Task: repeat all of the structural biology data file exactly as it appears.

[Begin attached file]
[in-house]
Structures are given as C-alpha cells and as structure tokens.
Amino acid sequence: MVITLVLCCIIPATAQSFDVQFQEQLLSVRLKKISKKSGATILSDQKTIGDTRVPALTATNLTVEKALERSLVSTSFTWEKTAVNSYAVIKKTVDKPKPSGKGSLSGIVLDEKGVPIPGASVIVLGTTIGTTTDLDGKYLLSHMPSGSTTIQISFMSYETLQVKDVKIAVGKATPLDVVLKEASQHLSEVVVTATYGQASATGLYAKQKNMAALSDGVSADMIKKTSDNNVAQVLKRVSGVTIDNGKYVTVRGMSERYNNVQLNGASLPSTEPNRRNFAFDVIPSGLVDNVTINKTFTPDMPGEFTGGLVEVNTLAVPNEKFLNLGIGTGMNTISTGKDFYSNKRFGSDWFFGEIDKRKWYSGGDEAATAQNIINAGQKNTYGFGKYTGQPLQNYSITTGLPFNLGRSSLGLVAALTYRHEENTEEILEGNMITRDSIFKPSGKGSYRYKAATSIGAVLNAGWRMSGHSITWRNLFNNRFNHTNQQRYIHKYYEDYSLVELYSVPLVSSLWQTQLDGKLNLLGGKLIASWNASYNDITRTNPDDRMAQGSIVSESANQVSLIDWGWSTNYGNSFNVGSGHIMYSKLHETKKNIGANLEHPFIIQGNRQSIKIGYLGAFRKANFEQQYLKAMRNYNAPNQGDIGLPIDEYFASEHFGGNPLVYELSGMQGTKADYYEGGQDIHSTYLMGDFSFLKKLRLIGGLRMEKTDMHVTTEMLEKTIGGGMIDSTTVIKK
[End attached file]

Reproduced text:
[in-house]
Structures are given as C-alpha cells and as structure tokens.
Amino acid sequence: MVITLVLCCIIPATAQSFDVQFQEQLLSVRLKKISKKSGATILSDQKTIGDTRVPALTATNLTVEKALERSLVSTSFTWEKTAVNSYAVIKKTVDKPKPSGKGSLSGIVLDEKGVPIPGASVIVLGTTIGTTTDLDGKYLLSHMPSGSTTIQISFMSYETLQVKDVKIAVGKATPLDVVLKEASQHLSEVVVTATYGQASATGLYAKQKNMAALSDGVSADMIKKTSDNNVAQVLKRVSGVTIDNGKYVTVRGMSERYNNVQLNGASLPSTEPNRRNFAFDVIPSGLVDNVTINKTFTPDMPGEFTGGLVEVNTLAVPNEKFLNLGIGTGMNTISTGKDFYSNKRFGSDWFFGEIDKRKWYSGGDEAATAQNIINAGQKNTYGFGKYTGQPLQNYSITTGLPFNLGRSSLGLVAALTYRHEENTEEILEGNMITRDSIFKPSGKGSYRYKAATSIGAVLNAGWRMSGHSITWRNLFNNRFNHTNQQRYIHKYYEDYSLVELYSVPLVSSLWQTQLDGKLNLLGGKLIASWNASYNDITRTNPDDRMAQGSIVSESANQVSLIDWGWSTNYGNSFNVGSGHIMYSKLHETKKNIGANLEHPFIIQGNRQSIKIGYLGAFRKANFEQQYLKAMRNYNAPNQGDIGLPIDEYFASEHFGGNPLVYELSGMQGTKADYYEGGQDIHSTYLMGDFSFLKKLRLIGGLRMEKTDMHVTTEMLEKTIGGGMIDSTTVIKK